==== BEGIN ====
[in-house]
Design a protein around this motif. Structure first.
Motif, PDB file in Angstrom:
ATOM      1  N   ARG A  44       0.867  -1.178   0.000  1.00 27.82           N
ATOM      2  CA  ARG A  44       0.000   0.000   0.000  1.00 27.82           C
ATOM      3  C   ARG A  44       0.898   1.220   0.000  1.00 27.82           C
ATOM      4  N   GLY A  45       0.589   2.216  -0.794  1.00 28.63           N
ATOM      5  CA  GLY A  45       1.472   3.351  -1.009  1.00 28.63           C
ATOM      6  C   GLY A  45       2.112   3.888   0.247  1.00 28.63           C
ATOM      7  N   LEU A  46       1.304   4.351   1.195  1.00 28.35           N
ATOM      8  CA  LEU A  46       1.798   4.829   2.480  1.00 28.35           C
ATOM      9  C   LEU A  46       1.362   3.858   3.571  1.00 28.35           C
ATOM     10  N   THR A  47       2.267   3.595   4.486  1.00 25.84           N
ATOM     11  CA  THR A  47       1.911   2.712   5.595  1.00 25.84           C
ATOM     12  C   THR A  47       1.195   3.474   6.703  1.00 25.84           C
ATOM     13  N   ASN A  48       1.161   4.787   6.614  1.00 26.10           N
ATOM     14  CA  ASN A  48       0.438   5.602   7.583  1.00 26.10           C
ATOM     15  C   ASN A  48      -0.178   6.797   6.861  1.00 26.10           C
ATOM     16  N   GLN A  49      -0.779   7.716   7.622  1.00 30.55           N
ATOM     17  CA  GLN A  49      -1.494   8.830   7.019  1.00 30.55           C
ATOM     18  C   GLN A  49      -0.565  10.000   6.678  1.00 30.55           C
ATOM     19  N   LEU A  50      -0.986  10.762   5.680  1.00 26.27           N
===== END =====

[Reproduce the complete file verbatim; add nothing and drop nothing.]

[in-house]
Design a protein around this motif. Structure first.
Motif, PDB file in Angstrom:
ATOM      1  N   ARG A  44       0.867  -1.178   0.000  1.00 27.82           N
ATOM      2  CA  ARG A  44       0.000   0.000   0.000  1.00 27.82           C
ATOM      3  C   ARG A  44       0.898   1.220   0.000  1.00 27.82           C
ATOM      4  N   GLY A  45       0.589   2.216  -0.794  1.00 28.63           N
ATOM      5  CA  GLY A  45       1.472   3.351  -1.009  1.00 28.63           C
ATOM      6  C   GLY A  45       2.112   3.888   0.247  1.00 28.63           C
ATOM      7  N   LEU A  46       1.304   4.351   1.195  1.00 28.35           N
ATOM      8  CA  LEU A  46       1.798   4.829   2.480  1.00 28.35           C
ATOM      9  C   LEU A  46       1.362   3.858   3.571  1.00 28.35           C
ATOM     10  N   THR A  47       2.267   3.595   4.486  1.00 25.84           N
ATOM     11  CA  THR A  47       1.911   2.712   5.595  1.00 25.84           C
ATOM     12  C   THR A  47       1.195   3.474   6.703  1.00 25.84           C
ATOM     13  N   ASN A  48       1.161   4.787   6.614  1.00 26.10           N
ATOM     14  CA  ASN A  48       0.438   5.602   7.583  1.00 26.10           C
ATOM     15  C   ASN A  48      -0.178   6.797   6.861  1.00 26.10           C
ATOM     16  N   GLN A  49      -0.779   7.716   7.622  1.00 30.55           N
ATOM     17  CA  GLN A  49      -1.494   8.830   7.019  1.00 30.55           C
ATOM     18  C   GLN A  49      -0.565  10.000   6.678  1.00 30.55           C
ATOM     19  N   LEU A  50      -0.986  10.762   5.680  1.00 26.27           N